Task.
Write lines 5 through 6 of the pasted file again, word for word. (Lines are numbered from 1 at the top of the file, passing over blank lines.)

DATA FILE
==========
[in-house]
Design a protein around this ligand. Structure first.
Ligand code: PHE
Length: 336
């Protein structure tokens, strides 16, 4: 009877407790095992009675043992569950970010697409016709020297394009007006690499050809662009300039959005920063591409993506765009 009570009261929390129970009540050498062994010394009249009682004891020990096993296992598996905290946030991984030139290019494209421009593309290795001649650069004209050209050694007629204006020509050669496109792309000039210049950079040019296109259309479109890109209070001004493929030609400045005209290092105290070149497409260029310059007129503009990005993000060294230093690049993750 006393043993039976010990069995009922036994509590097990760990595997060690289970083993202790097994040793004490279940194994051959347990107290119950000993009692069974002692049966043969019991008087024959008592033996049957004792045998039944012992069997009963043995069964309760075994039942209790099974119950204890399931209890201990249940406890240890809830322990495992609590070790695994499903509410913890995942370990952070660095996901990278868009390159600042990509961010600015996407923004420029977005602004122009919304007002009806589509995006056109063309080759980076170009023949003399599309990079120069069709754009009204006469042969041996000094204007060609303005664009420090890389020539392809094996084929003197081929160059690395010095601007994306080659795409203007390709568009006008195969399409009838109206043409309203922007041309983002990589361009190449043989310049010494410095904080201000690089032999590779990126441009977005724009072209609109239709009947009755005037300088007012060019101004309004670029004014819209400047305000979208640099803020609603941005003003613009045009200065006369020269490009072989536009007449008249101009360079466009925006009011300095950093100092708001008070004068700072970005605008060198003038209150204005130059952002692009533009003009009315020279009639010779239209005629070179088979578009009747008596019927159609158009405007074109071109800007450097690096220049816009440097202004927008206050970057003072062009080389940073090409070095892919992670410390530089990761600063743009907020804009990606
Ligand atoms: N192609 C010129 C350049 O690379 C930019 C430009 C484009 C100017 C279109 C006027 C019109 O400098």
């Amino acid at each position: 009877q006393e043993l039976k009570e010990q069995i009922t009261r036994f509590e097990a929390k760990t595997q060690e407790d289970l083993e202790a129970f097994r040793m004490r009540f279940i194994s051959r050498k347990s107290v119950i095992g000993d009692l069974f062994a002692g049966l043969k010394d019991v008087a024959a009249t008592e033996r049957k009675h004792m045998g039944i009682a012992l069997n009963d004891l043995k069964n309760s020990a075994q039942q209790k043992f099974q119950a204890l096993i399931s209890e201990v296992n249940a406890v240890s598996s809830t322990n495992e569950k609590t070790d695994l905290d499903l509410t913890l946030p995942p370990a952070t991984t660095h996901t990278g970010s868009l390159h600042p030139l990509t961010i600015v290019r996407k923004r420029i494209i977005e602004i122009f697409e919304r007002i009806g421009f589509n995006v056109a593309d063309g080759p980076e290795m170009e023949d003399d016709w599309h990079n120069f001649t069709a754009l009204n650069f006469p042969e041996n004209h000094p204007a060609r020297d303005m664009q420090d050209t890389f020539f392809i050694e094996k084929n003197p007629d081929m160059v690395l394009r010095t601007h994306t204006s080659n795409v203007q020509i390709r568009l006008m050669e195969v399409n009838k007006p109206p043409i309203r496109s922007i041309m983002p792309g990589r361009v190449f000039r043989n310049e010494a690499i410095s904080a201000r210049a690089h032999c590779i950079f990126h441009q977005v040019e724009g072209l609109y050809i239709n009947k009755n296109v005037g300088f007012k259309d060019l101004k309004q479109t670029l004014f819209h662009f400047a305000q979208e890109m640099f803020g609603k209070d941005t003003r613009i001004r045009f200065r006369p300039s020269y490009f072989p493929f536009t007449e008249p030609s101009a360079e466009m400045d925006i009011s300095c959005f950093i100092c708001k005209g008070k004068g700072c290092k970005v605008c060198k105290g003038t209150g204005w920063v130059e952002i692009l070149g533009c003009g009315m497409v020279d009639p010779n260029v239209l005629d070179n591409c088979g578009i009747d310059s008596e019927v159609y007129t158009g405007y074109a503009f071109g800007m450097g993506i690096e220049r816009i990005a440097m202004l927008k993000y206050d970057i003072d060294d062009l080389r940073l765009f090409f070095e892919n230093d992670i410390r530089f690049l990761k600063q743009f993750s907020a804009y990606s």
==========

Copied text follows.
């Protein structure tokens, strides 16, 4: 009877407790095992009675043992569950970010697409016709020297394009007006690499050809662009300039959005920063591409993506765009 009570009261929390129970009540050498062994010394009249009682004891020990096993296992598996905290946030991984030139290019494209421009593309290795001649650069004209050209050694007629204006020509050669496109792309000039210049950079040019296109259309479109890109209070001004493929030609400045005209290092105290070149497409260029310059007129503009990005993000060294230093690049993750 006393043993039976010990069995009922036994509590097990760990595997060690289970083993202790097994040793004490279940194994051959347990107290119950000993009692069974002692049966043969019991008087024959008592033996049957004792045998039944012992069997009963043995069964309760075994039942209790099974119950204890399931209890201990249940406890240890809830322990495992609590070790695994499903509410913890995942370990952070660095996901990278868009390159600042990509961010600015996407923004420029977005602004122009919304007002009806589509995006056109063309080759980076170009023949003399599309990079120069069709754009009204006469042969041996000094204007060609303005664009420090890389020539392809094996084929003197081929160059690395010095601007994306080659795409203007390709568009006008195969399409009838109206043409309203922007041309983002990589361009190449043989310049010494410095904080201000690089032999590779990126441009977005724009072209609109239709009947009755005037300088007012060019101004309004670029004014819209400047305000979208640099803020609603941005003003613009045009200065006369020269490009072989536009007449008249101009360079466009925006009011300095950093100092708001008070004068700072970005605008060198003038209150204005130059952002692009533009003009009315020279009639010779239209005629070179088979578009009747008596019927159609158009405007074109071109800007450097690096220049816009440097202004927008206050970057003072062009080389940073090409070095892919992670410390530089990761600063743009907020804009990606
Ligand atoms: N192609 C010129 C350049 O690379 C930019 C430009 C484009 C100017 C279109 C006027 C019109 O400098």